The time pattern of each surfer activity was analyzed, including the total and average time used to carry out each activity, the frequency and percentage of occurrence of each activity. All analysis was performed by a same evaluator.

Data analysis

Descriptive statistics were obtained regarding various surfing activities (paddling, sprint paddle for wave, stationary, wave riding and miscellaneous), including average, standard deviations, range and total duration.

The statistical analysis was performed with the Statistical Package for Social Sciences (SPSS), version 23.0.

Results

Sixteen surfers were filmed, corresponding to 39% of the study population (Table 1).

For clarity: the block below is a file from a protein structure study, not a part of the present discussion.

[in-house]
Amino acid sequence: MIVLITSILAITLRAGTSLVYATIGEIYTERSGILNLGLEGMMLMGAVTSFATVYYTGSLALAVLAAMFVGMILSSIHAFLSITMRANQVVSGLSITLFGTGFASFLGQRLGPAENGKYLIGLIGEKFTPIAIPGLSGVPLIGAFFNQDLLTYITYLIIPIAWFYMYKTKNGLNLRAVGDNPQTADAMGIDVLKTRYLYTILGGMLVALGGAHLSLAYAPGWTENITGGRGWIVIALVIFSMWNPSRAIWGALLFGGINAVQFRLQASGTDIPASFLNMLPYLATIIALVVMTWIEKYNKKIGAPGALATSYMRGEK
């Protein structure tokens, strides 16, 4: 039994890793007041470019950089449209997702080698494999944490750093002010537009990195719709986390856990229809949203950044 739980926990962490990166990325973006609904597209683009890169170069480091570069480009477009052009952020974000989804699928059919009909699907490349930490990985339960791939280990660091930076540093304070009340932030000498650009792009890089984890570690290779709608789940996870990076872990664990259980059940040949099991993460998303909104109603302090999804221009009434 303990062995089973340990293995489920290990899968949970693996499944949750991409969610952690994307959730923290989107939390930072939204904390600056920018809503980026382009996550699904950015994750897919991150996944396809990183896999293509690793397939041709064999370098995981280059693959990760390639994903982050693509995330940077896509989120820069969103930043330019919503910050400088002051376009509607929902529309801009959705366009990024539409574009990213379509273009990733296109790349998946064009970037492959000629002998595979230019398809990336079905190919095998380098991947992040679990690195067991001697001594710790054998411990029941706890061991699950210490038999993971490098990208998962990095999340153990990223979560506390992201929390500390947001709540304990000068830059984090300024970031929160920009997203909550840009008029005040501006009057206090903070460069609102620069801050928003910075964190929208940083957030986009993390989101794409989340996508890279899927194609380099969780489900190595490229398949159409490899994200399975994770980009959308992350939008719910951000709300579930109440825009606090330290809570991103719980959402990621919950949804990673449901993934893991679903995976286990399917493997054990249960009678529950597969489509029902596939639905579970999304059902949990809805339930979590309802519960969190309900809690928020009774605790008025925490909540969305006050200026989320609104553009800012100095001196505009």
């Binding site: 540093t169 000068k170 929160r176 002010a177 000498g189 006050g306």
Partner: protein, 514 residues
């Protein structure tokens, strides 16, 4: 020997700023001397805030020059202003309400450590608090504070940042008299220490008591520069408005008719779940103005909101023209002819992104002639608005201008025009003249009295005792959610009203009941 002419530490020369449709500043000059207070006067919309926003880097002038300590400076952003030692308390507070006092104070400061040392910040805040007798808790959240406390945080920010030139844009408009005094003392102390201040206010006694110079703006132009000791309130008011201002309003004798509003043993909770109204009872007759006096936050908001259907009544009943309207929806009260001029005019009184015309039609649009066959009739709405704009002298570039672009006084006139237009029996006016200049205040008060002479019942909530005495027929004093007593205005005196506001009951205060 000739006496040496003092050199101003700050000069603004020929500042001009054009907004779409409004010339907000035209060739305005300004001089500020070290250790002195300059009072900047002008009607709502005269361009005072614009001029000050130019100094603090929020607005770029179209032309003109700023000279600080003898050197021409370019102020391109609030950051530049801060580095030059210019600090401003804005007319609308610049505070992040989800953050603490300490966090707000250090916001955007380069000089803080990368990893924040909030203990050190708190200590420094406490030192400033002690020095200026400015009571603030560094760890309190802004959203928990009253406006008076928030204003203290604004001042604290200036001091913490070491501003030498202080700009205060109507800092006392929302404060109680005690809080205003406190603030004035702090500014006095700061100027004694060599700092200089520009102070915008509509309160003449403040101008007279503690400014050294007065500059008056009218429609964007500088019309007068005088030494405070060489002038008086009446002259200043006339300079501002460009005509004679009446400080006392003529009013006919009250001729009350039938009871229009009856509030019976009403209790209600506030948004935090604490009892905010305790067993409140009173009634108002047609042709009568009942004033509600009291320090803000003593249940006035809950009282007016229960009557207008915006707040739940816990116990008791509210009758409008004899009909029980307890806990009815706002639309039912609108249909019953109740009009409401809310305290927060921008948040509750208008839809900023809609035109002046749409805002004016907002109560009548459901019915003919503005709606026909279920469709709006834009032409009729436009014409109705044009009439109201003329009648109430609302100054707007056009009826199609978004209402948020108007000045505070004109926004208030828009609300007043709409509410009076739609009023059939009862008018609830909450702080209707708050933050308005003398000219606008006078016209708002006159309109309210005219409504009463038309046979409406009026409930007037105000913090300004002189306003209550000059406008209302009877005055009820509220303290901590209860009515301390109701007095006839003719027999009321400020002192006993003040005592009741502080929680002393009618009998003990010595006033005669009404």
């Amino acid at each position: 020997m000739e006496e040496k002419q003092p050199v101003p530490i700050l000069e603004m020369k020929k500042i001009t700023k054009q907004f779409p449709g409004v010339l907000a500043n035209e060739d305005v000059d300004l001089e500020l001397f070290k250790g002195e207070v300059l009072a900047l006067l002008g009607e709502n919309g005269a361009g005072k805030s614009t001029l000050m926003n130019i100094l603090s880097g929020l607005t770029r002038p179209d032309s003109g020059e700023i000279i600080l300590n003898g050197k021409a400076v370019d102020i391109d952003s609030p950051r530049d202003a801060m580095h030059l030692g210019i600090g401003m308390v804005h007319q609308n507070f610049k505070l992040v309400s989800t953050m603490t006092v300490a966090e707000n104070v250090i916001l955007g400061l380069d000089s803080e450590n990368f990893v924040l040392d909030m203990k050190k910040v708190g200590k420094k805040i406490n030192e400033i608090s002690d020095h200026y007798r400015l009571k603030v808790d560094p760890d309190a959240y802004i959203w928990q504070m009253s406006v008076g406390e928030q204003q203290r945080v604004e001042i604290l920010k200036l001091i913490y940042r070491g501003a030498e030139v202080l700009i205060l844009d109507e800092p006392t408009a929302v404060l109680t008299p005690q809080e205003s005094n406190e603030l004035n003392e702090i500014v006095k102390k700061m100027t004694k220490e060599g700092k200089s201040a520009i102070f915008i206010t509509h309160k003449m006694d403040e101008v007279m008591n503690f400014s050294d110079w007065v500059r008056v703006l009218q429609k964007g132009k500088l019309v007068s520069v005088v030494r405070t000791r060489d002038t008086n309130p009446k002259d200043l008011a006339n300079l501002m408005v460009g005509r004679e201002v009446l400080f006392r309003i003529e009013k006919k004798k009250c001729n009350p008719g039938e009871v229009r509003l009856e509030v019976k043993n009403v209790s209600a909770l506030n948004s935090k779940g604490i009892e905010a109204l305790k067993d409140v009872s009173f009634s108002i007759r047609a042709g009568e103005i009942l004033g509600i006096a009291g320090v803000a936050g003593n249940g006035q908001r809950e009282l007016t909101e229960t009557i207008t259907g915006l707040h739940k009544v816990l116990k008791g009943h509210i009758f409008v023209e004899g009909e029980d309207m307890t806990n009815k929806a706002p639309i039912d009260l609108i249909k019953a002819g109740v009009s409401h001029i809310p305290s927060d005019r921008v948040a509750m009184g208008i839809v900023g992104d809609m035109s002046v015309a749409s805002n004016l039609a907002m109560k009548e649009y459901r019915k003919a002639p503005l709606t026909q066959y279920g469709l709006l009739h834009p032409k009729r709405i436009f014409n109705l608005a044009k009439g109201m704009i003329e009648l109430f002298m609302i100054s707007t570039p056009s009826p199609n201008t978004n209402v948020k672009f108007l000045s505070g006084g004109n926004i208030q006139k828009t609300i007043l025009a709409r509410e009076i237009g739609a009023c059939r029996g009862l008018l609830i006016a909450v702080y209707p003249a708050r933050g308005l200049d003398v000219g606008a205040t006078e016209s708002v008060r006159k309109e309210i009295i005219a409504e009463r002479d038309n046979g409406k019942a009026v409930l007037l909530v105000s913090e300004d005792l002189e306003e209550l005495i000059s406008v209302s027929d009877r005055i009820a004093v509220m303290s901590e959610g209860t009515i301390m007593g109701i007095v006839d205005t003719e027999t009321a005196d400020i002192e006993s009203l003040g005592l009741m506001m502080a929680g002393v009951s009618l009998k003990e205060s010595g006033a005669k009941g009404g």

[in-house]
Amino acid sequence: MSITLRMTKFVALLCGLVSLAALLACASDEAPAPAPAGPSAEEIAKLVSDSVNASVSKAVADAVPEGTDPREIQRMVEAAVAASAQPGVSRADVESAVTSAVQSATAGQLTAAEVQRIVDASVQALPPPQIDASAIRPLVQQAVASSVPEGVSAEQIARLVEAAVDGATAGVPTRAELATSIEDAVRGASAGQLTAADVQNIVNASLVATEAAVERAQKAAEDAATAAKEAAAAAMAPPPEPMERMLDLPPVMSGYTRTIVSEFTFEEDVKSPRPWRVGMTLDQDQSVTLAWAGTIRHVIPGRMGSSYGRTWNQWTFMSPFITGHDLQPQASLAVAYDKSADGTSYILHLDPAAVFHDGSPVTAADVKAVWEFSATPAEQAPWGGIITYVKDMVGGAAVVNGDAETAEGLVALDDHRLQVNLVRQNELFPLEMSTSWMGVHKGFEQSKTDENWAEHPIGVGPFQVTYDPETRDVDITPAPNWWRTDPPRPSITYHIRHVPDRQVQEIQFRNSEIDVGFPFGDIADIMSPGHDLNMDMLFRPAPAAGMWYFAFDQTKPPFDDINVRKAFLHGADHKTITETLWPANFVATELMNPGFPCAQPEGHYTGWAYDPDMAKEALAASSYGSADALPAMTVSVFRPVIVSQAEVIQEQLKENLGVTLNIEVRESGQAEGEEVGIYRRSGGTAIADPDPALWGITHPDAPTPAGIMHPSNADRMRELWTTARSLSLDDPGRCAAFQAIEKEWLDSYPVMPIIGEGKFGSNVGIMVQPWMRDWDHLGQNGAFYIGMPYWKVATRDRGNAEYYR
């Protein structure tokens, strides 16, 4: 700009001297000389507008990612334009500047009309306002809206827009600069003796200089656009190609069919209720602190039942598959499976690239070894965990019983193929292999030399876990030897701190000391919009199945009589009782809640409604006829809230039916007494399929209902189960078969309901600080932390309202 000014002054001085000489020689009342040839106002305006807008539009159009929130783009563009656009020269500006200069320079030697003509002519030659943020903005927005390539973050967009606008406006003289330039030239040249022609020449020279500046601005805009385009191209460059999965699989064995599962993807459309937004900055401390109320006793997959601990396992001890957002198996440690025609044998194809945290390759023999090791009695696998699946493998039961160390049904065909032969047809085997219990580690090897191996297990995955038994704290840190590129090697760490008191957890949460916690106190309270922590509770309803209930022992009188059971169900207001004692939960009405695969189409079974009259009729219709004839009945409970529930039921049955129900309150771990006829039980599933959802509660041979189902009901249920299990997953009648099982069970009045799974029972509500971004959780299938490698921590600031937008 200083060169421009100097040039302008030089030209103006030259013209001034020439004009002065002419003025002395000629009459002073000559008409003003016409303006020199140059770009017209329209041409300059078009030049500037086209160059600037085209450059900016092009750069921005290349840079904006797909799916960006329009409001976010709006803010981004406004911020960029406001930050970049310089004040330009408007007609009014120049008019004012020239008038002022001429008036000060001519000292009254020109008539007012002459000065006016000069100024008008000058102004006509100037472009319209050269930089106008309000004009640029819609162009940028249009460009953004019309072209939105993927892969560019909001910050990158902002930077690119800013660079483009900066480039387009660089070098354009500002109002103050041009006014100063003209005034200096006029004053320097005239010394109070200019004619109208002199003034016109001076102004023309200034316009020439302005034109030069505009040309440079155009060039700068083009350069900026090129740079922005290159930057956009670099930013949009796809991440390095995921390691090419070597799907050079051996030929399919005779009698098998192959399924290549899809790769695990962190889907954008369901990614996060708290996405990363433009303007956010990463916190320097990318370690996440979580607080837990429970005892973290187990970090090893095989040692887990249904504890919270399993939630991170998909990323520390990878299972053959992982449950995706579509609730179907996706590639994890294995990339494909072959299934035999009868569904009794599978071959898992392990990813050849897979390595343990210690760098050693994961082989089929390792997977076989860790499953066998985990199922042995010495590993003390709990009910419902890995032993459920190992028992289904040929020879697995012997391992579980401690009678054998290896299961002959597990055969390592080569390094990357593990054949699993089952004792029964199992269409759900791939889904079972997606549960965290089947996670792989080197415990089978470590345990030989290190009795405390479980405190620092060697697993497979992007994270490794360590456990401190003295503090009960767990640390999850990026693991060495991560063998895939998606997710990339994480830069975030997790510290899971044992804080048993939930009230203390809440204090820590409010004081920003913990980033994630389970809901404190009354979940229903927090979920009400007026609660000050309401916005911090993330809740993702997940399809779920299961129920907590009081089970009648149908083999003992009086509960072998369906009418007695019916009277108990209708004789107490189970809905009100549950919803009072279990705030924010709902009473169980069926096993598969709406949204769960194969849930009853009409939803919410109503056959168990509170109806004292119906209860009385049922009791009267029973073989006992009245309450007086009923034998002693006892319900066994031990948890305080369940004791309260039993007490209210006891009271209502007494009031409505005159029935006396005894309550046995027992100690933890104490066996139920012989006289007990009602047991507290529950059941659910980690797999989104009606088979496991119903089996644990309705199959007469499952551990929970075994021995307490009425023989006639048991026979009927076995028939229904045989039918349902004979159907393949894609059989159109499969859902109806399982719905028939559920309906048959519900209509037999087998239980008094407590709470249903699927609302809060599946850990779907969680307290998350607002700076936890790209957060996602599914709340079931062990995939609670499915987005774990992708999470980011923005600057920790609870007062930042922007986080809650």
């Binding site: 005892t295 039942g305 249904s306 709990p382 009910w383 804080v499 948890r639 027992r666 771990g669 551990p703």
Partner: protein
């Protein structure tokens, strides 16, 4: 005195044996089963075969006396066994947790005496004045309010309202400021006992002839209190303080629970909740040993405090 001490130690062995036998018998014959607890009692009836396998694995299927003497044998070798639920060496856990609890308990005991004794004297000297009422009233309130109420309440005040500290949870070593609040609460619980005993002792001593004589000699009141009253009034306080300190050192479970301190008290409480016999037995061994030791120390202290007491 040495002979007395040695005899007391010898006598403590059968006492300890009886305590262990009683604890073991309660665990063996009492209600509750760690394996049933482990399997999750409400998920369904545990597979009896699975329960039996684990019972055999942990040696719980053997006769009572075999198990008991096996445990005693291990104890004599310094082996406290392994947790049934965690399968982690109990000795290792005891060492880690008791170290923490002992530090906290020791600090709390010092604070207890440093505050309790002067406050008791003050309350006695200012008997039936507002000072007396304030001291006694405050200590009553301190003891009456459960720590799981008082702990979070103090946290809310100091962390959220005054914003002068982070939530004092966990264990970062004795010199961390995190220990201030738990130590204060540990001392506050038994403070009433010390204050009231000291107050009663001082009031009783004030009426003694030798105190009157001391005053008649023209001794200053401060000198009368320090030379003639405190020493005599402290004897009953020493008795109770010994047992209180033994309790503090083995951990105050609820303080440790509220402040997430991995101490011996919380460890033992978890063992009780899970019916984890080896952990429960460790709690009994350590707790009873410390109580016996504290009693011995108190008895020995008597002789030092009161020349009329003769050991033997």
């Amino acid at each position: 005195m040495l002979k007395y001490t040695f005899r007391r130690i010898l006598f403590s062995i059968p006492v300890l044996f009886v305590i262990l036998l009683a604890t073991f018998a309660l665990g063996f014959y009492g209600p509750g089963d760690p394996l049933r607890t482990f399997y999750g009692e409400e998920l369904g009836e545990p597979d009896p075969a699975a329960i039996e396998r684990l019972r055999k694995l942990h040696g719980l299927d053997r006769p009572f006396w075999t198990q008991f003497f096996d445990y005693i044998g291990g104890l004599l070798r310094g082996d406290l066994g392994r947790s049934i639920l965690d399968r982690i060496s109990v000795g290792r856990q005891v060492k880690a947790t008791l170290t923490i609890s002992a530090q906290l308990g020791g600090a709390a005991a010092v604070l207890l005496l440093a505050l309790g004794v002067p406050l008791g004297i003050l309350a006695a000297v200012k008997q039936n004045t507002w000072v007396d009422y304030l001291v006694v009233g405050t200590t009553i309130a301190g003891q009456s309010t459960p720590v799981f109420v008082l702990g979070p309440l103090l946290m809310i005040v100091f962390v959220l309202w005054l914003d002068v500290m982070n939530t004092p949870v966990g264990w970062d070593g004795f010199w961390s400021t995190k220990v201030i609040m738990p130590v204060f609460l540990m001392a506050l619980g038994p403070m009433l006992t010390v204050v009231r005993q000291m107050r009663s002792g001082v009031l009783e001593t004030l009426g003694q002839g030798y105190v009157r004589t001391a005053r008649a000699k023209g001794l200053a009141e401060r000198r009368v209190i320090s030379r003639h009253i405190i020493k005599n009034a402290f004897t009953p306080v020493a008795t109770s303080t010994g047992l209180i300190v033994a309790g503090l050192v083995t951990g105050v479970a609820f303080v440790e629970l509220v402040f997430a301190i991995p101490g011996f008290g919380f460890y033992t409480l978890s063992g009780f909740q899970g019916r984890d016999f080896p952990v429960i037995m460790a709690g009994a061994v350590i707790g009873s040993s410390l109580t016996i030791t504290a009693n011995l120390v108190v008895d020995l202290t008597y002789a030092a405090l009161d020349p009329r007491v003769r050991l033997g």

Surfing activities Paddling Sprint paddle for wave Stationary Wave riding Miscellaneous
Average 00:13.3 00:03.4 00:07.4 00:06.7 0:07.8
Standard deviation 00:15.2 00:01.5 00:08.8 00:04.4 00:18.2
Range 00:00.6 – 01:42.8 00:0.1.1 - 00:10.8 00:00.2 - 0:13.2 00:00.9 - 00:16.4 00:00.2 - 04:37.7
Total time % 57.46% 3.80% 12.93% 3.08% 22.73%

Table 1: Time duration (minutes:seconds) of surfing activities.

Figures 1 to 5 show the time intervals (in seconds) of each surfing activity filmed during the competition (paddling, sprint paddle for wave, stationary, wave riding and miscellaneous).

sports-medicine-doping-studies-paddling-bouts-competitive

Figure 1: Number of paddling bouts (in seconds) performed during a competitive surfing heat (average ± standard deviation).

sports-medicine-doping-studies-sprint-paddle-wave-bouts

Figure 2: Number of sprint paddle for wave bouts (in seconds) performed during a competitive surfing heat (average ± standard deviation).